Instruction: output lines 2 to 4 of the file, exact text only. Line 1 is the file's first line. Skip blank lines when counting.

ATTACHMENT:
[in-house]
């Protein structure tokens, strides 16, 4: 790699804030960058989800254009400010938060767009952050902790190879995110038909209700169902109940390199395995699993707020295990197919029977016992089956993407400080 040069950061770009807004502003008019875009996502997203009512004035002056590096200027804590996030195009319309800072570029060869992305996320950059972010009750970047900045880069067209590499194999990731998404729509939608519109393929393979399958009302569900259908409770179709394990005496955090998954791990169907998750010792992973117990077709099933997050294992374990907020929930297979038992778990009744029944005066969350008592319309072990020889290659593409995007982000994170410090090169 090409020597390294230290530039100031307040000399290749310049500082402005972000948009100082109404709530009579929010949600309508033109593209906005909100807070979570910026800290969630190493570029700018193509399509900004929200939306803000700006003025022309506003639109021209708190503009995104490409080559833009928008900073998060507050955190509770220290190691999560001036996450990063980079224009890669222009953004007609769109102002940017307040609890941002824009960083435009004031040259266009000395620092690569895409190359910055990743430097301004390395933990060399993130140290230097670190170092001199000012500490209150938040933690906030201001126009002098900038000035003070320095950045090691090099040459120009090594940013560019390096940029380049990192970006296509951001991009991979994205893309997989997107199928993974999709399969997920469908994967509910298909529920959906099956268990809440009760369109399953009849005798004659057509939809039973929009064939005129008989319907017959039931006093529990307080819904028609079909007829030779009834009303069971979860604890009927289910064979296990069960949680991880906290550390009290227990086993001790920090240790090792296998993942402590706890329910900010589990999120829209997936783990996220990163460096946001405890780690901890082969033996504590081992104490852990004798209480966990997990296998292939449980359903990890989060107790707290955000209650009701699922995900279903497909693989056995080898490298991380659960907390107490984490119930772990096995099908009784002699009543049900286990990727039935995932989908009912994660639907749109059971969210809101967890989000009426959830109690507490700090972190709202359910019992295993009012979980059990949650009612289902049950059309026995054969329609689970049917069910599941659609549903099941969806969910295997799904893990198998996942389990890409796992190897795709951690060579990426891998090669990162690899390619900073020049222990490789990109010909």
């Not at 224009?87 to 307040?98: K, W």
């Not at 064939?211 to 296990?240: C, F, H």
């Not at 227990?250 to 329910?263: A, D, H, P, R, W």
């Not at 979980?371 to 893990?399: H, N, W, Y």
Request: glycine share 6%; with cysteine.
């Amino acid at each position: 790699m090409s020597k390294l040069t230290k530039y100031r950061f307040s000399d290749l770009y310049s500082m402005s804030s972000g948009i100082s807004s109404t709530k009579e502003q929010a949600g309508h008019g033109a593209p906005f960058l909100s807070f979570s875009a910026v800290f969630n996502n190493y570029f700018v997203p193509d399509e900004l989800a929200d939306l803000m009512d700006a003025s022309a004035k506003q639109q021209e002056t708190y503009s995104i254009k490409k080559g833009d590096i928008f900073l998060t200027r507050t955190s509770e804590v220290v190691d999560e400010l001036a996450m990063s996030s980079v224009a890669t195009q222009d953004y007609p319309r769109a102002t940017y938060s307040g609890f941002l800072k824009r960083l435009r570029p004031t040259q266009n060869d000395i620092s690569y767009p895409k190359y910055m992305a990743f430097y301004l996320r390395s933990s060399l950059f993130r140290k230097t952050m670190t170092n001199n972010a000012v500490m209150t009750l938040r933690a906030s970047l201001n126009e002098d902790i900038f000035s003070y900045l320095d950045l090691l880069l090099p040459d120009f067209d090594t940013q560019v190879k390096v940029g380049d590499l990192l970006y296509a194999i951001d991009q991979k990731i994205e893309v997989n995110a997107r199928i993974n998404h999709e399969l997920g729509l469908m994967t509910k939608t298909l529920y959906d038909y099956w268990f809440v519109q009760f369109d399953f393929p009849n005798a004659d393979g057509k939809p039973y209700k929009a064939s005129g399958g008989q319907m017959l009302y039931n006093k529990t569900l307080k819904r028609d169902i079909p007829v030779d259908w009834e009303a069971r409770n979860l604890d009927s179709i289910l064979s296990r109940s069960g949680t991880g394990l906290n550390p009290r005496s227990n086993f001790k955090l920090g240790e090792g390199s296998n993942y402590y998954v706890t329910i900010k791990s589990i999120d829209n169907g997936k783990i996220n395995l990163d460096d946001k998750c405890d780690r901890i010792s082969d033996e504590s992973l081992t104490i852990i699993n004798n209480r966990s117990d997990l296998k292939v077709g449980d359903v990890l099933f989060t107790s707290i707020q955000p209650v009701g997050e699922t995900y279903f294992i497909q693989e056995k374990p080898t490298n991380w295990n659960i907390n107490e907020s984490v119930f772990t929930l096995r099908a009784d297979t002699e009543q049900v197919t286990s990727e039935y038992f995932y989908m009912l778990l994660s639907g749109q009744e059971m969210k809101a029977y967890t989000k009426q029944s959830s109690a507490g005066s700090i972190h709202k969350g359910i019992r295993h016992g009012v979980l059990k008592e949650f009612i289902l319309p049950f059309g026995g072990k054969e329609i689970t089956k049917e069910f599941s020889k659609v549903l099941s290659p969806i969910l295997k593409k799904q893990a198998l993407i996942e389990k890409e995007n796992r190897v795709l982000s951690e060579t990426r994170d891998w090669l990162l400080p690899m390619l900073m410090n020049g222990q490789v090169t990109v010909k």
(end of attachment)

């Protein structure tokens, strides 16, 4: 790699804030960058989800254009400010938060767009952050902790190879995110038909209700169902109940390199395995699993707020295990197919029977016992089956993407400080 040069950061770009807004502003008019875009996502997203009512004035002056590096200027804590996030195009319309800072570029060869992305996320950059972010009750970047900045880069067209590499194999990731998404729509939608519109393929393979399958009302569900259908409770179709394990005496955090998954791990169907998750010792992973117990077709099933997050294992374990907020929930297979038992778990009744029944005066969350008592319309072990020889290659593409995007982000994170410090090169 090409020597390294230290530039100031307040000399290749310049500082402005972000948009100082109404709530009579929010949600309508033109593209906005909100807070979570910026800290969630190493570029700018193509399509900004929200939306803000700006003025022309506003639109021209708190503009995104490409080559833009928008900073998060507050955190509770220290190691999560001036996450990063980079224009890669222009953004007609769109102002940017307040609890941002824009960083435009004031040259266009000395620092690569895409190359910055990743430097301004390395933990060399993130140290230097670190170092001199000012500490209150938040933690906030201001126009002098900038000035003070320095950045090691090099040459120009090594940013560019390096940029380049990192970006296509951001991009991979994205893309997989997107199928993974999709399969997920469908994967509910298909529920959906099956268990809440009760369109399953009849005798004659057509939809039973929009064939005129008989319907017959039931006093529990307080819904028609079909007829030779009834009303069971979860604890009927289910064979296990069960949680991880906290550390009290227990086993001790920090240790090792296998993942402590706890329910900010589990999120829209997936783990996220990163460096946001405890780690901890082969033996504590081992104490852990004798209480966990997990296998292939449980359903990890989060107790707290955000209650009701699922995900279903497909693989056995080898490298991380659960907390107490984490119930772990096995099908009784002699009543049900286990990727039935995932989908009912994660639907749109059971969210809101967890989000009426959830109690507490700090972190709202359910019992295993009012979980059990949650009612289902049950059309026995054969329609689970049917069910599941659609549903099941969806969910295997799904893990198998996942389990890409796992190897795709951690060579990426891998090669990162690899390619900073020049222990490789990109010909």
């Not at 224009?87 to 307040?98: K, W």
């Not at 064939?211 to 296990?240: C, F, H």